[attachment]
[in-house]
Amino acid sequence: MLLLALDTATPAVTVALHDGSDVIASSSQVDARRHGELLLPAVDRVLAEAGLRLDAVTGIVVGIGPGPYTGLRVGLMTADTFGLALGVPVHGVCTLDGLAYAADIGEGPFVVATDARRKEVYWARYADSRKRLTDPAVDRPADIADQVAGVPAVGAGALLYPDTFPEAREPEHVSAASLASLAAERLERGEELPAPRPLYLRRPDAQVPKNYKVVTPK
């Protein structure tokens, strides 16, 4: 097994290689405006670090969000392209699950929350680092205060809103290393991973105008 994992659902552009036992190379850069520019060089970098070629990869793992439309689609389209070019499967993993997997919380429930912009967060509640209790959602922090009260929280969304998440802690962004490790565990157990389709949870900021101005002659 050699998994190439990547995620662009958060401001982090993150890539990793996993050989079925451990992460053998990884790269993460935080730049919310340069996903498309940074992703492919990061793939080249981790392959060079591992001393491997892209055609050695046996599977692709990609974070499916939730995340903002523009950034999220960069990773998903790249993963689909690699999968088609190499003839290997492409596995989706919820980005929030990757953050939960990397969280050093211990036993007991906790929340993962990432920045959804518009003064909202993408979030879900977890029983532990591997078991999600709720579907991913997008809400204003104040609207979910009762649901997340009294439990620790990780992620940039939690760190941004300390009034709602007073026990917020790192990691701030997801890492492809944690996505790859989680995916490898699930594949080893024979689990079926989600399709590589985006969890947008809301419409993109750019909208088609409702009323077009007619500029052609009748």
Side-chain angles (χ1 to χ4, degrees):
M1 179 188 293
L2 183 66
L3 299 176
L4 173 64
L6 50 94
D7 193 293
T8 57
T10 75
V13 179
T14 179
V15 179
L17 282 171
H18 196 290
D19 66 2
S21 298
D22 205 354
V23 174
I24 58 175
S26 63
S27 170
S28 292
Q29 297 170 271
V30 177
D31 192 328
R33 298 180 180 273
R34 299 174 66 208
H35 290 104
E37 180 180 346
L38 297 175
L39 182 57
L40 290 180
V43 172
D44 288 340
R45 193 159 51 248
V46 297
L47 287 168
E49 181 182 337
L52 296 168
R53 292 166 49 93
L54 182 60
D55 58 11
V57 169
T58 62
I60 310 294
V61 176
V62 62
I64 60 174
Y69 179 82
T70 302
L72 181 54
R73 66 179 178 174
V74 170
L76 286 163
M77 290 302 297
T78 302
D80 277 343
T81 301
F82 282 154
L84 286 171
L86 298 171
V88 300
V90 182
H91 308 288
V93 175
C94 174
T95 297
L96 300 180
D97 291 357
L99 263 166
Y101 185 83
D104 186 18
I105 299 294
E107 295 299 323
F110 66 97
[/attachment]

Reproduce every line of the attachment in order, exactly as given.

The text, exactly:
[in-house]
Amino acid sequence: MLLLALDTATPAVTVALHDGSDVIASSSQVDARRHGELLLPAVDRVLAEAGLRLDAVTGIVVGIGPGPYTGLRVGLMTADTFGLALGVPVHGVCTLDGLAYAADIGEGPFVVATDARRKEVYWARYADSRKRLTDPAVDRPADIADQVAGVPAVGAGALLYPDTFPEAREPEHVSAASLASLAAERLERGEELPAPRPLYLRRPDAQVPKNYKVVTPK
């Protein structure tokens, strides 16, 4: 097994290689405006670090969000392209699950929350680092205060809103290393991973105008 994992659902552009036992190379850069520019060089970098070629990869793992439309689609389209070019499967993993997997919380429930912009967060509640209790959602922090009260929280969304998440802690962004490790565990157990389709949870900021101005002659 050699998994190439990547995620662009958060401001982090993150890539990793996993050989079925451990992460053998990884790269993460935080730049919310340069996903498309940074992703492919990061793939080249981790392959060079591992001393491997892209055609050695046996599977692709990609974070499916939730995340903002523009950034999220960069990773998903790249993963689909690699999968088609190499003839290997492409596995989706919820980005929030990757953050939960990397969280050093211990036993007991906790929340993962990432920045959804518009003064909202993408979030879900977890029983532990591997078991999600709720579907991913997008809400204003104040609207979910009762649901997340009294439990620790990780992620940039939690760190941004300390009034709602007073026990917020790192990691701030997801890492492809944690996505790859989680995916490898699930594949080893024979689990079926989600399709590589985006969890947008809301419409993109750019909208088609409702009323077009007619500029052609009748």
Side-chain angles (χ1 to χ4, degrees):
M1 179 188 293
L2 183 66
L3 299 176
L4 173 64
L6 50 94
D7 193 293
T8 57
T10 75
V13 179
T14 179
V15 179
L17 282 171
H18 196 290
D19 66 2
S21 298
D22 205 354
V23 174
I24 58 175
S26 63
S27 170
S28 292
Q29 297 170 271
V30 177
D31 192 328
R33 298 180 180 273
R34 299 174 66 208
H35 290 104
E37 180 180 346
L38 297 175
L39 182 57
L40 290 180
V43 172
D44 288 340
R45 193 159 51 248
V46 297
L47 287 168
E49 181 182 337
L52 296 168
R53 292 166 49 93
L54 182 60
D55 58 11
V57 169
T58 62
I60 310 294
V61 176
V62 62
I64 60 174
Y69 179 82
T70 302
L72 181 54
R73 66 179 178 174
V74 170
L76 286 163
M77 290 302 297
T78 302
D80 277 343
T81 301
F82 282 154
L84 286 171
L86 298 171
V88 300
V90 182
H91 308 288
V93 175
C94 174
T95 297
L96 300 180
D97 291 357
L99 263 166
Y101 185 83
D104 186 18
I105 299 294
E107 295 299 323
F110 66 97